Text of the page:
Secure FTP Server On Solaris

Posted on 2006-06-07
Last Modified: 2013-12-21
I would like to setup a secure FTP Server on Sun Solaris. It should also support on the fly data compression (good compression). Any idea where I can purchase such solution ?
Question by:MyQ2004
    LVL 10

    Expert Comment

    Well, one avenue you have is SSH which includes SFTP and SCP and comes with Solaris these days.  So you kinda already have secure FTP already.

    Is making FTP secure the requirement *or* simply that you need to perform file transfers securely ?
    LVL 14

    Expert Comment

    To expand on Nukfror's comment, there are are many things that could be oconstrued as "secure FTP". Some of these include:
      o FTP with SSL extensions, also known as FTPS
      o SSH with FTP extensions, also known as SFTP
      o FTP over physically and logically private networks
      o Regular FTP using encrypted files such as with PGP, S/MIME, etc.
      o Web-services based file-transfers over HTTP/S
      o Web-services based file-transfers over HTTP but using XML-crypt and XML-sign
      o Web-services based file-transfers over HTTP but using encrypted files such as with PGP, S/MIME, etc.
      o Others that I have missed...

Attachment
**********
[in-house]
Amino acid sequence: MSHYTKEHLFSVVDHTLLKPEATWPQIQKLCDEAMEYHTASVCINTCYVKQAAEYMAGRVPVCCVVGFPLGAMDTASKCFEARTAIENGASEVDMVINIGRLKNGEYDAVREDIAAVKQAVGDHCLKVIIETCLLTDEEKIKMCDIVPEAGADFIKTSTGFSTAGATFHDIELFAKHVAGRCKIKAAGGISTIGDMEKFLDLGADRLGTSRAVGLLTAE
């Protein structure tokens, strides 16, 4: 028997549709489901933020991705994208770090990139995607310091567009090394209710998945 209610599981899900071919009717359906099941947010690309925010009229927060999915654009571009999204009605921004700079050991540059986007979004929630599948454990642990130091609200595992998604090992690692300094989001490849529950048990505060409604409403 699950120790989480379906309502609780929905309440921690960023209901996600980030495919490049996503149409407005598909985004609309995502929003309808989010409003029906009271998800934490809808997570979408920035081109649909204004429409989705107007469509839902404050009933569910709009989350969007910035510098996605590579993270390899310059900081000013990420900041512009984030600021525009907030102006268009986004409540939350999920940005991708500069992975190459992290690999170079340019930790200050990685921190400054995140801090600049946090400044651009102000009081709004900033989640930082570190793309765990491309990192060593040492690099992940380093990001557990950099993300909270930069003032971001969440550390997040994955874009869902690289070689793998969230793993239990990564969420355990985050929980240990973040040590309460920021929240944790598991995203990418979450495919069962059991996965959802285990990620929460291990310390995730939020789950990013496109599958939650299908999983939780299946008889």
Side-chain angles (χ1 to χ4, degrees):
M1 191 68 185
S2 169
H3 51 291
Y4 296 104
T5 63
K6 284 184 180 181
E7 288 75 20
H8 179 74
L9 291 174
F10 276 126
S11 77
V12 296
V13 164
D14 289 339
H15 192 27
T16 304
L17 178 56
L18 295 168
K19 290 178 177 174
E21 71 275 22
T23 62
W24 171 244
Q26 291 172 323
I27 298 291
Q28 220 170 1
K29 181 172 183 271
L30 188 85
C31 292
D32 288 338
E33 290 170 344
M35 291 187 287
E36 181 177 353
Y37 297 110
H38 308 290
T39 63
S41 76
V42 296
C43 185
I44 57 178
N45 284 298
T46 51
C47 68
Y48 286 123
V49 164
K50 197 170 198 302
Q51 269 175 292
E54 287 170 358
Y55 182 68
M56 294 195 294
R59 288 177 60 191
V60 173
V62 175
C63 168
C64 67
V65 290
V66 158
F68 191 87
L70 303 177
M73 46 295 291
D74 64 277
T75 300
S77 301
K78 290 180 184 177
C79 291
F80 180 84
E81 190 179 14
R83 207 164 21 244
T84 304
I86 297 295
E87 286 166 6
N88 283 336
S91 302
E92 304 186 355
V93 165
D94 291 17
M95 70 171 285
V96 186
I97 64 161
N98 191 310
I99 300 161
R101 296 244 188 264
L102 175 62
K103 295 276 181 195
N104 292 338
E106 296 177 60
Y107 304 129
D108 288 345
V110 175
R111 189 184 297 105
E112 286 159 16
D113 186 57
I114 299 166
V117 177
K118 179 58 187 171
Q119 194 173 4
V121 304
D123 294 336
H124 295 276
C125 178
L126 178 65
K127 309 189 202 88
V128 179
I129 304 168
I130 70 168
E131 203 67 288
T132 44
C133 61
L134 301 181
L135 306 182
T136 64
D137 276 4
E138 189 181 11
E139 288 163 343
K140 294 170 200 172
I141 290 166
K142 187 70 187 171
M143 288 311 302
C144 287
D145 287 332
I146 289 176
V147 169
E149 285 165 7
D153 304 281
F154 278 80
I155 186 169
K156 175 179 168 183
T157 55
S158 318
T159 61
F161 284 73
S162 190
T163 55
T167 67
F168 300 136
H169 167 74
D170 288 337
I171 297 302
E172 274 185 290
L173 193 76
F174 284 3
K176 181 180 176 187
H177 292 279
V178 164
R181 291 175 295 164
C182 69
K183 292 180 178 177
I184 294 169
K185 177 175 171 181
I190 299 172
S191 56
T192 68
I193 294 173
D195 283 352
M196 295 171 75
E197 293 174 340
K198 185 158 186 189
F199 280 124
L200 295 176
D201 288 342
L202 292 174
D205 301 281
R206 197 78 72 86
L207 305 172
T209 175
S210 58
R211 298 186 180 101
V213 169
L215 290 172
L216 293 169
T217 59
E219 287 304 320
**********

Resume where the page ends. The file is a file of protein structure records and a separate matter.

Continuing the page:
LVL 48

    Expert Comment

    I'm going to take a guess that MyQ2004 is talking about SFTP.  If that's the case, Solaris comes standard with SFTP (via its ssh installation).

    Author Comment

    Thanks for all the comments. Yes, I am talking about SFTP. My system is supposed to handle huge data transfer (as big as 18 GB in size). In that case, data compression becomes very important. Can I configure the SFTP to support data compression on the fly prior to data transfer via SFTP on Sun Solaris ? Thanks in advance.
    LVL 10

    Expert Comment

    Yes, see the man page for ssh_config.  Specifically look at:


             Specifies whether to use compression. The argument  must
             be yes or no. Defaults to no.


             Specifies the compression level to use if compression is
             enabled.  The  argument must be an integer from 1 (fast)
             to 9 (slow, best). The default level is 6, which is good
             for most applications. kNote that this option applies to
             protocol version 1 only.

    Don't forget that sftp can also use the -C switch as part of the command line to activate compression as necessary.
    LVL 10

    Accepted Solution

    Oh almost forgot, hopefully you plan to investigate the compress-ability of your data.  Some data is inherently already compressed simply because of how its saved.  If this is the case for your data, enabling compression will only slow down the transfer and could possibly be slower then if compression was turned off.

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